Step #3. A non-author presales professional (or other subject matter expert) should have a value conversation.  It is a big step for someone other than the author to use a Value Proposition, but it is a necessary step to get sales leverage.  The first use by someone else is a test of how clearly the content is laid out and how intuitively it provides the information that is needed in a customer conversion.  The biggest challenge of this first non-author conversation is invariably that the author made the content too complicated for others to understand it and too unintuitive for others to use it.

This bias toward complexity is a good reason to start with presales professionals for a first non-presales-titles-includeauthor test. As members of a sales team, presales professionals, by definition, engage directly with customers prior to the closing of a sale. “Presales” roles are associated with many job titles. Primary presales responsibilities vary but usually include at least two of the following:

  • provide customers with in-depth technical and product information
  • provide product or solution use and implementation experience in practice that is relevant to the specifics of the customer
  • tailor a package or solution to customer specifics.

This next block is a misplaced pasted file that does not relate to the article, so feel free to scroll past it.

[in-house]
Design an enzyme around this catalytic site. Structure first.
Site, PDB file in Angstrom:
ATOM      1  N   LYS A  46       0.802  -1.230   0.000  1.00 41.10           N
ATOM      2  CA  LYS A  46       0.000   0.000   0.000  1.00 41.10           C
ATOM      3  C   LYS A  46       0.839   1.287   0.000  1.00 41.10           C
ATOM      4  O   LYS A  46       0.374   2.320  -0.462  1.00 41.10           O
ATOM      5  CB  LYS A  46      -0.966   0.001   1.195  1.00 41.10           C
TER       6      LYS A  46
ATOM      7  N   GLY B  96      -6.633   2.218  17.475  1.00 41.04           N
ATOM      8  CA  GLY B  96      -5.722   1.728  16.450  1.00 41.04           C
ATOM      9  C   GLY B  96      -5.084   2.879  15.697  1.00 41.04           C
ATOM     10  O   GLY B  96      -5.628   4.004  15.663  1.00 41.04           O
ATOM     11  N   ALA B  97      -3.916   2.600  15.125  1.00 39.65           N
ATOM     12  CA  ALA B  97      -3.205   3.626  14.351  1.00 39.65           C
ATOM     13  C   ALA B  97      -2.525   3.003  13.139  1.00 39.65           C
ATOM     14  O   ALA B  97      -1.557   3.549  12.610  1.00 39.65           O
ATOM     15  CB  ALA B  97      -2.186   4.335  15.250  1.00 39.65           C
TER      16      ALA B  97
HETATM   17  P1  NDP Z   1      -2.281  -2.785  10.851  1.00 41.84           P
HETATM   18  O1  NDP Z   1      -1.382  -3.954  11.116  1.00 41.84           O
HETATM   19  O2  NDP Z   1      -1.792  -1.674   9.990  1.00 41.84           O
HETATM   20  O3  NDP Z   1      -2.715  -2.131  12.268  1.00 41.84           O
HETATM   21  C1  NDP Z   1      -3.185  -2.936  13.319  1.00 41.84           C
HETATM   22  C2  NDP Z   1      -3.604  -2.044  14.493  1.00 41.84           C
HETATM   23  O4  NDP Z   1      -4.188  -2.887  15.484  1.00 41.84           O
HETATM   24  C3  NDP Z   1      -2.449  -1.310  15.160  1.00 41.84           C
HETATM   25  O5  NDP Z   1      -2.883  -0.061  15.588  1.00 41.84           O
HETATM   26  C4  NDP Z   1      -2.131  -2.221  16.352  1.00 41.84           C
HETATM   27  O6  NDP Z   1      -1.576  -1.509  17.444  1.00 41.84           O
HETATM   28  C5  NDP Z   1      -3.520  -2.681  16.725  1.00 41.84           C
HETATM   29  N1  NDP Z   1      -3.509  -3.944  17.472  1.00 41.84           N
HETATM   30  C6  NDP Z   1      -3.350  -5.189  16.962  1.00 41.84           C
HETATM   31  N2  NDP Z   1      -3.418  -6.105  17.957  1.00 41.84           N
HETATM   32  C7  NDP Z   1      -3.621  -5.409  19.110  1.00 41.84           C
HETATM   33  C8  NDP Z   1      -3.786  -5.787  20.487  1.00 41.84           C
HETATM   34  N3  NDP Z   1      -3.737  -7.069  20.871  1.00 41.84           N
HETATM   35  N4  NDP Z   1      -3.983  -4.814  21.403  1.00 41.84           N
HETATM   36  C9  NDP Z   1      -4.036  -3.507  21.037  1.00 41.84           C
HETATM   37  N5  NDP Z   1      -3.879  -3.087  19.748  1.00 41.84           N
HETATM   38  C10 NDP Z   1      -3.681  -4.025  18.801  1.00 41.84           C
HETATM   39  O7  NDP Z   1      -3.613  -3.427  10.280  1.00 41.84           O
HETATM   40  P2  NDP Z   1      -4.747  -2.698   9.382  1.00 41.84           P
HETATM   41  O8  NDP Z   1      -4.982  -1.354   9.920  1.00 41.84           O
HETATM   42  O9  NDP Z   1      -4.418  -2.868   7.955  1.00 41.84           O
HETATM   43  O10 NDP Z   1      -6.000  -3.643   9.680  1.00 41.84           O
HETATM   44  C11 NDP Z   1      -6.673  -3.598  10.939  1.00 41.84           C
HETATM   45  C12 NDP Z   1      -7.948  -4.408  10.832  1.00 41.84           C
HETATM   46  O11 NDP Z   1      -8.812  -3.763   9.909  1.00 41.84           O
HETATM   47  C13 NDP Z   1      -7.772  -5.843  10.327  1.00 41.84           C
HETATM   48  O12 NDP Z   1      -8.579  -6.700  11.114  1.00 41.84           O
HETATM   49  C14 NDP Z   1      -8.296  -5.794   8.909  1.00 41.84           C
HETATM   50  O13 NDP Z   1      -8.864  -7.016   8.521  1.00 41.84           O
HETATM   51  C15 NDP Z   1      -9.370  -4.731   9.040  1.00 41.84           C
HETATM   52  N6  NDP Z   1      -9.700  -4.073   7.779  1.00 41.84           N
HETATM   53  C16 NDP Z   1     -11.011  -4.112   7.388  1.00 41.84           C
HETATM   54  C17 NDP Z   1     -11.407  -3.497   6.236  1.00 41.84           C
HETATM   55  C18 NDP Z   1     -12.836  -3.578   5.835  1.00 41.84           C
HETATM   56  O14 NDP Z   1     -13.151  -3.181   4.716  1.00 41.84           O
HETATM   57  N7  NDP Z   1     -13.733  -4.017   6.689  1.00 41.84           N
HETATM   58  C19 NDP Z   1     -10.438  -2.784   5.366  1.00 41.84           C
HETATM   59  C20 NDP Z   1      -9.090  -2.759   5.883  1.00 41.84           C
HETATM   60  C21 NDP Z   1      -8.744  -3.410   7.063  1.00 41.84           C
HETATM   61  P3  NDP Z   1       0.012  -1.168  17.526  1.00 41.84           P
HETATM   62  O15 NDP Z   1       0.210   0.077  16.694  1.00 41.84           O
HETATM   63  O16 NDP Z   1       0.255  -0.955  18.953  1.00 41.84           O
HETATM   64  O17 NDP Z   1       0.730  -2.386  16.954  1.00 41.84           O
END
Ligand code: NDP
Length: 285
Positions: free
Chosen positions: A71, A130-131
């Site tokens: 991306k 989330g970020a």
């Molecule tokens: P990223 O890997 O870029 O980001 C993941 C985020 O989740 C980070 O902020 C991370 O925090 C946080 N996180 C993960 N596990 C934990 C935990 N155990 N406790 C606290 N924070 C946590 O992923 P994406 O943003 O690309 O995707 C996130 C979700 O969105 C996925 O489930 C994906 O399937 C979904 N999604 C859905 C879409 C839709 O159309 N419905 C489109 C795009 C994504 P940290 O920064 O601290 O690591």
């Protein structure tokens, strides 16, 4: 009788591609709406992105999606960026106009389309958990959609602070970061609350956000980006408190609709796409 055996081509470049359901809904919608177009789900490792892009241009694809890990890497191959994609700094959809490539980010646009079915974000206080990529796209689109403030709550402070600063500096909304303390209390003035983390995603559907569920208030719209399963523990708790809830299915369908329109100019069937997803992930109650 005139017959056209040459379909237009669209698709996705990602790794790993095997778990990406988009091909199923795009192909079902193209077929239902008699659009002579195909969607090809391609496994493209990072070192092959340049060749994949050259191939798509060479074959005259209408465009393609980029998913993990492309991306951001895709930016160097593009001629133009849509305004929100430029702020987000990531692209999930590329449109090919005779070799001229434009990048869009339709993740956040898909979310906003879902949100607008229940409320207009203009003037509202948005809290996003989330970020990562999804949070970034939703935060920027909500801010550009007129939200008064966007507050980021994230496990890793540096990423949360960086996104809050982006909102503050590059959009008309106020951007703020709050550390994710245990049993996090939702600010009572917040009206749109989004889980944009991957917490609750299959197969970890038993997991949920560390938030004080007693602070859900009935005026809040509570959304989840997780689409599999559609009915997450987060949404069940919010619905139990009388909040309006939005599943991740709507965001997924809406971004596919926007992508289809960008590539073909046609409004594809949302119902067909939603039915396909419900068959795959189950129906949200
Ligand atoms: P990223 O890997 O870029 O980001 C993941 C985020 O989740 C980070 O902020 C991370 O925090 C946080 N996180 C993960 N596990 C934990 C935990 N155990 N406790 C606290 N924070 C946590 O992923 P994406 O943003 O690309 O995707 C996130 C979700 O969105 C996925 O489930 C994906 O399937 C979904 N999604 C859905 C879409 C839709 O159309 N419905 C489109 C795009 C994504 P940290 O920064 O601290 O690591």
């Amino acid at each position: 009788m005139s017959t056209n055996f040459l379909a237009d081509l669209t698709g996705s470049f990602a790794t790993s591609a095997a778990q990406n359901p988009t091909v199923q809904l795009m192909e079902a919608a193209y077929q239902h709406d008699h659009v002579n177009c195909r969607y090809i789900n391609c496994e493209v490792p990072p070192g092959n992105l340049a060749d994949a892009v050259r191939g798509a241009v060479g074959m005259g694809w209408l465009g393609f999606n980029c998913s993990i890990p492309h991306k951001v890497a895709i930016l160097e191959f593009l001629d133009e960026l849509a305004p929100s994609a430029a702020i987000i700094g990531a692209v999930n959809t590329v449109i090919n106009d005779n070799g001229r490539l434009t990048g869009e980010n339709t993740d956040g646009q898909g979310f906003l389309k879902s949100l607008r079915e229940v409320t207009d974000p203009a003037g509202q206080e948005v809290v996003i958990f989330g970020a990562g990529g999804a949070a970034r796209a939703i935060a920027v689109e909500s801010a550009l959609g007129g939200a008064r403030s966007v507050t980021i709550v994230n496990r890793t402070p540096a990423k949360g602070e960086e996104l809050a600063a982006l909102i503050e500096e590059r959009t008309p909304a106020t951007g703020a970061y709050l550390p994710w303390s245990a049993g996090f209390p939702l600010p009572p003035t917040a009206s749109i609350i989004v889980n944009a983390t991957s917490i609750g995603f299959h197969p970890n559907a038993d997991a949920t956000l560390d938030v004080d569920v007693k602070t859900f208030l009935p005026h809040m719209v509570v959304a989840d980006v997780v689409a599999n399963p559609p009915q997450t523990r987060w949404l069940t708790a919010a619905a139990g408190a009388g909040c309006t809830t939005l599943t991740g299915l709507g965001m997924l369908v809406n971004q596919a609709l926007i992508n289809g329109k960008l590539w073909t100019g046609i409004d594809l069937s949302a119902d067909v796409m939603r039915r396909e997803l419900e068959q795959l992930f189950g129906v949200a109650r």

By virtue of their specialist role and their technical, application and customer knowledge, presales thisprofessionals are usually well-suited to use and test someone else’s Value Proposition.  They are likely to ask difficult questions in call preparation.  They are likely to plan and rehearse their own presentation of someone else’s content.  An experienced presales professional is good at simplifying and clarifying content.

For a receptive Value Proposition author looking for ideas and feedback, preparation and use by a good presales professional is almost certain to generate a firehose of ways to improve the content, layout and usability of the Value Proposition.  Whether their first use is an internal rehearsal or a friendly customer call, presales professional tests are a vital step to broaden the use and usability of the Value Proposition.